In an unmarked house in the “Little Mexico” district of Seattle, an ex-convict and former drug dealer is roasting up hundreds of pounds of coffee in the basement. This roaster is part of the Underground Coffee Project, an experiment true to its name.

This moment has been years in the making. Bob and Gracie Ekbald were in Honduras over twenty-five years ago, hoping to help and train rural farmers about soil conservation and methods that would benefit both the people and the land. “Tierra Nueva” was born—a movement in which both “soul and soil” were addressed through farming techniques and outdoor Bible studies.

The Ekbalds moved to Seattle and continued to help train undocumented farm workers and also lead Bible studies in the local jail, and Chris Hoke joined their work in 2005. Many of the men they spent time with wanted a fresh start but were burdened by debts, a lack of job skills, and criminal records.

A flash of inspiration led to the concept for the Underground Coffee Project. They loved the idea of hiring men from their jail Bible studies as coffee roasters, and a generous grant led to the purchase of a five kilo roaster in 2008. Coffee beans were sourced from Honduras through the relationships Ekbalds had with the farmers there.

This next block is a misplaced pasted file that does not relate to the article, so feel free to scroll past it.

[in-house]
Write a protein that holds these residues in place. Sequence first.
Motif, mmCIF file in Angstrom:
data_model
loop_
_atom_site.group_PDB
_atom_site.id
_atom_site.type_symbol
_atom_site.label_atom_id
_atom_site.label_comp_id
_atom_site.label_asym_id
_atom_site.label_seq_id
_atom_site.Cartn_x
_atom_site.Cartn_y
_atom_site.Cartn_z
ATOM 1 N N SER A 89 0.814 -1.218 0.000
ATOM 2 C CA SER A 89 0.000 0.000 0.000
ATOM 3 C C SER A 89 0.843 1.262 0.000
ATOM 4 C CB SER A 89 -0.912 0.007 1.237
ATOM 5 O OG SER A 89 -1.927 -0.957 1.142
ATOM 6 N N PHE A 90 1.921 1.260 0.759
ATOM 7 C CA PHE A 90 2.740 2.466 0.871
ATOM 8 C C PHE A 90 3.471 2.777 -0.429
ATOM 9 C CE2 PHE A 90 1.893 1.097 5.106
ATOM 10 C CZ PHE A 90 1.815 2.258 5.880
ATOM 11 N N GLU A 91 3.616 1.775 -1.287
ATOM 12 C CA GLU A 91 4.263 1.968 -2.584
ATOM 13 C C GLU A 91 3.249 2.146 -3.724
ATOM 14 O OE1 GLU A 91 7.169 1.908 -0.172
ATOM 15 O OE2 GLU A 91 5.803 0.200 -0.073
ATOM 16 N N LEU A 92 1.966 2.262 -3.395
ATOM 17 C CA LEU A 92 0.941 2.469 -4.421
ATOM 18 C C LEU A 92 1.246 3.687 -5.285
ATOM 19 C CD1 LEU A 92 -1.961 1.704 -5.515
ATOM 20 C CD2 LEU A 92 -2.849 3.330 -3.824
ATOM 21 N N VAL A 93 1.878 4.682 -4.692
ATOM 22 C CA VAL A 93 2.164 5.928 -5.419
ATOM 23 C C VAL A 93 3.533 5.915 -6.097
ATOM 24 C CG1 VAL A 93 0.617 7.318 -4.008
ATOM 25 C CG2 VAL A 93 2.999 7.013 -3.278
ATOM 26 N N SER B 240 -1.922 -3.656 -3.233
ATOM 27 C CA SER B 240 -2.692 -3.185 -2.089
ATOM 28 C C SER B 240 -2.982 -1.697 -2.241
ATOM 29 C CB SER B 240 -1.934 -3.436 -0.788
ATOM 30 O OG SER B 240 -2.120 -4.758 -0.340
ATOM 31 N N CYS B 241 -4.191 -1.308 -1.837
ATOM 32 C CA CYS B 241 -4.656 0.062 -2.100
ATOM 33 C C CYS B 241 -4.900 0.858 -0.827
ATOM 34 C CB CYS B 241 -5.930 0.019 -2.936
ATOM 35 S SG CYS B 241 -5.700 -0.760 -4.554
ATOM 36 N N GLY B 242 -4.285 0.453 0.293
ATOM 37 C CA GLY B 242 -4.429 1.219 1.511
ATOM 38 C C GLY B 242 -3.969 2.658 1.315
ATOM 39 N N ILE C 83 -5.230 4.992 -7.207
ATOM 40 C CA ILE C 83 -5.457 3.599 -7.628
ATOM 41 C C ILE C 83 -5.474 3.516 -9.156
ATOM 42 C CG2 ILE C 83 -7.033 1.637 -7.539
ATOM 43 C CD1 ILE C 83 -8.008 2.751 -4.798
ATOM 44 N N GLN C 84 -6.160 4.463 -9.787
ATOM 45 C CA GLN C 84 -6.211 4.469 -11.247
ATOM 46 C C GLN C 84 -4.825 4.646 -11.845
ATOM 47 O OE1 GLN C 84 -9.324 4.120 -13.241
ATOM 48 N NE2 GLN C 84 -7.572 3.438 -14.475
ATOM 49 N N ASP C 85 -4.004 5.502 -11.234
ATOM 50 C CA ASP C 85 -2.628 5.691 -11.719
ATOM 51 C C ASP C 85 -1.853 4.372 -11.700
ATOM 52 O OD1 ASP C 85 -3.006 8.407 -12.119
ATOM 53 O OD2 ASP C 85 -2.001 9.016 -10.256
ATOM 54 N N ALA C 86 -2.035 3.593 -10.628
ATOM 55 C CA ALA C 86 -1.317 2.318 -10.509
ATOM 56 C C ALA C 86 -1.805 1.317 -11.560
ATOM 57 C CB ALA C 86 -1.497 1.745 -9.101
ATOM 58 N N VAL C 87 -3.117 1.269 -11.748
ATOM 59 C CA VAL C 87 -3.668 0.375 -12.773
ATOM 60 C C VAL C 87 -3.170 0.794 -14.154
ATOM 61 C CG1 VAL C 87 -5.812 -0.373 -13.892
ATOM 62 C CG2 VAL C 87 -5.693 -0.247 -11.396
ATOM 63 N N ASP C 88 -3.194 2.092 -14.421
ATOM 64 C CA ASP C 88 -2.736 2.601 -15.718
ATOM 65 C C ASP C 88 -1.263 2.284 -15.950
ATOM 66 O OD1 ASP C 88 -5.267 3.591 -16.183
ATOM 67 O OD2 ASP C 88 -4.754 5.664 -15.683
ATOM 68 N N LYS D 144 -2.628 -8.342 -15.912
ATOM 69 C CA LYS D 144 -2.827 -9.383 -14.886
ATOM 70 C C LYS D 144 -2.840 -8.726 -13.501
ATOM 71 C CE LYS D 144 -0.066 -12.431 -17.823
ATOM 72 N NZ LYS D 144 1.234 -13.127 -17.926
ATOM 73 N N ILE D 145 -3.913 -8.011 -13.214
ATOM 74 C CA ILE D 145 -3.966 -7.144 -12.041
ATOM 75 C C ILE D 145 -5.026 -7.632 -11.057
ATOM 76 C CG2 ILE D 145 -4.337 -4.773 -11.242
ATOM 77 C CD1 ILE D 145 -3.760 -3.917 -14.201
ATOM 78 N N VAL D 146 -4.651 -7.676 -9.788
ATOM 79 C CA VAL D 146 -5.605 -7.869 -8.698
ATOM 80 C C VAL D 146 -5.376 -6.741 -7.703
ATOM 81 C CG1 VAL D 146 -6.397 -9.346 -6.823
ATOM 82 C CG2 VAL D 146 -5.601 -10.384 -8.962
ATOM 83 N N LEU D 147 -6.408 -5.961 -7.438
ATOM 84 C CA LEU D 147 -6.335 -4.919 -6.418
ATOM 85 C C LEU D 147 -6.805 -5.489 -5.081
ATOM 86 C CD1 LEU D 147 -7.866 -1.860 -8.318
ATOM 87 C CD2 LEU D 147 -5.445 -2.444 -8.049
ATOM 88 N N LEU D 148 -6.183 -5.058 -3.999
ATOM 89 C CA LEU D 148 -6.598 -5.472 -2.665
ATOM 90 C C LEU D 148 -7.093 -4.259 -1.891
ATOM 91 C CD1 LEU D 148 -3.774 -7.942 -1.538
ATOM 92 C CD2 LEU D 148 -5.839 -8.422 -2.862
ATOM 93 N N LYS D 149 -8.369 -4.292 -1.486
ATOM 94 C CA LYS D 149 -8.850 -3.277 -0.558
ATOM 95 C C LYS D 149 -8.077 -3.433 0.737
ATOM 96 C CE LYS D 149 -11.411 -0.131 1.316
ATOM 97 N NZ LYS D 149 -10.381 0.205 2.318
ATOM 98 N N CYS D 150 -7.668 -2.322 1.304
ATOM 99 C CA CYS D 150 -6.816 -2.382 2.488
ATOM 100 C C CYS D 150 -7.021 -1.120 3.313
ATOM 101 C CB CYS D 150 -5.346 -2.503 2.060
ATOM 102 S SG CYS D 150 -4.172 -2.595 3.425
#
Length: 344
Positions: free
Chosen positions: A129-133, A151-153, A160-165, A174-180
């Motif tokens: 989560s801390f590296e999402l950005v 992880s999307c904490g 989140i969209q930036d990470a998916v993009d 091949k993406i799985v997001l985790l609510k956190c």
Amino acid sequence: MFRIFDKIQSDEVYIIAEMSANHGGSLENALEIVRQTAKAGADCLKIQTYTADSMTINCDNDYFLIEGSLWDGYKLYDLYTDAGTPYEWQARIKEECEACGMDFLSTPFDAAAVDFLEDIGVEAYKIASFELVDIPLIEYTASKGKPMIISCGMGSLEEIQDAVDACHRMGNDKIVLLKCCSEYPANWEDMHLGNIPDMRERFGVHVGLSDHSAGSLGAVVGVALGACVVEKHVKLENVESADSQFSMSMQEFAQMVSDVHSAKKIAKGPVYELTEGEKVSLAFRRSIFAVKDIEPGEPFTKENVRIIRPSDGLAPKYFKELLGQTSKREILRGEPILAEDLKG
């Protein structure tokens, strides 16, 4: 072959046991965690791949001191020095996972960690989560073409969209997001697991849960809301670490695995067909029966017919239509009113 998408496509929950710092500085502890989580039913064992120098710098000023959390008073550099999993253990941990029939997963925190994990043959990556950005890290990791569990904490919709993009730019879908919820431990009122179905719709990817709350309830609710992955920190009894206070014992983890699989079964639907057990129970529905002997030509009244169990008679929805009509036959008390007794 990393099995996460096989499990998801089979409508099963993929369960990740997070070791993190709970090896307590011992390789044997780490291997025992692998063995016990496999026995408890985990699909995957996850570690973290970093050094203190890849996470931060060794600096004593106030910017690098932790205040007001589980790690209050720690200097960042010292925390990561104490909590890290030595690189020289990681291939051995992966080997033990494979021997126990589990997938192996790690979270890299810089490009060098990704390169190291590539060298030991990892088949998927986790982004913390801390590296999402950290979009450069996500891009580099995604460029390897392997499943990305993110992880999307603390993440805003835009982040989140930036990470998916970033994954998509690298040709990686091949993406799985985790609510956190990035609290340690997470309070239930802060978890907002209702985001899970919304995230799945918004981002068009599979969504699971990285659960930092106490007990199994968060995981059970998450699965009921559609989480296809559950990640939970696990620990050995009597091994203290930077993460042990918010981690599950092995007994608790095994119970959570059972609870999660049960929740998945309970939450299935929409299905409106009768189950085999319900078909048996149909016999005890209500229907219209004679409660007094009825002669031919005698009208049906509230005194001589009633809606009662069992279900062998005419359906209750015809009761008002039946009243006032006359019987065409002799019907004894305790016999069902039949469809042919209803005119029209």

Zach was the first man from the jail who jumped on board with what Hoke and the Ekbalds were doing. Hoke says about Zach, “When Zach got out of jail, he came to Tierra Nueva and wanted to give his whole life to join what we were about. He was the perfect fit to begin the coffee project: As a former meth cook, he had best transferable skills to roasting premium coffee!”

Zach had become more than just a coffee roaster, though. “The coffee sales have supported Zach as a kind of emerging underground pastor,” Hoke says. “Leaders like him—men from dark pasts who want to go beyond their own needs to follow the call of Jesus in their communities—often have no way to support their ministry. But through the coffee project, Zach not only gets employment, but his pastoral work often happens right here, down in the roasting basement. Lots of guys won’t sit through church services or home groups. But they come downstairs to be around Zach, blasting loud music, filling orders, having fun, feeling useful, learning workplace skills, and eventually opening their lives to Zach and asking for counsel and prayer.”

The Underground Coffee Project hopes to be able to employ more men—and women—like Zach. Right now, under the umbrella of Tierra Nueva, several people work part-time for a community organic farm, “New Earth Farm,” and also for “New Earth Bread,” which is run through Tierra Nueva’s women’s drug and alcohol recovery ministry. Once ordered, the bread, vegetables, and coffee are dropped off at local churches, which have become the hubs for these purchases.

Through these three enterprises, Tierra Nueva has the goal of continuing to empower “unique grass-roots leaders like Zach,” says Hoke, along with connecting the “mainstream communities and churches with the margins of society.”

While the local vegetables and bread are sold solely within the local Seattle communities, the coffee can be shipped nationwide. To support what Tierra Nueva and the Underground Coffee project are doing, check out http://www.newearthworks.org/.

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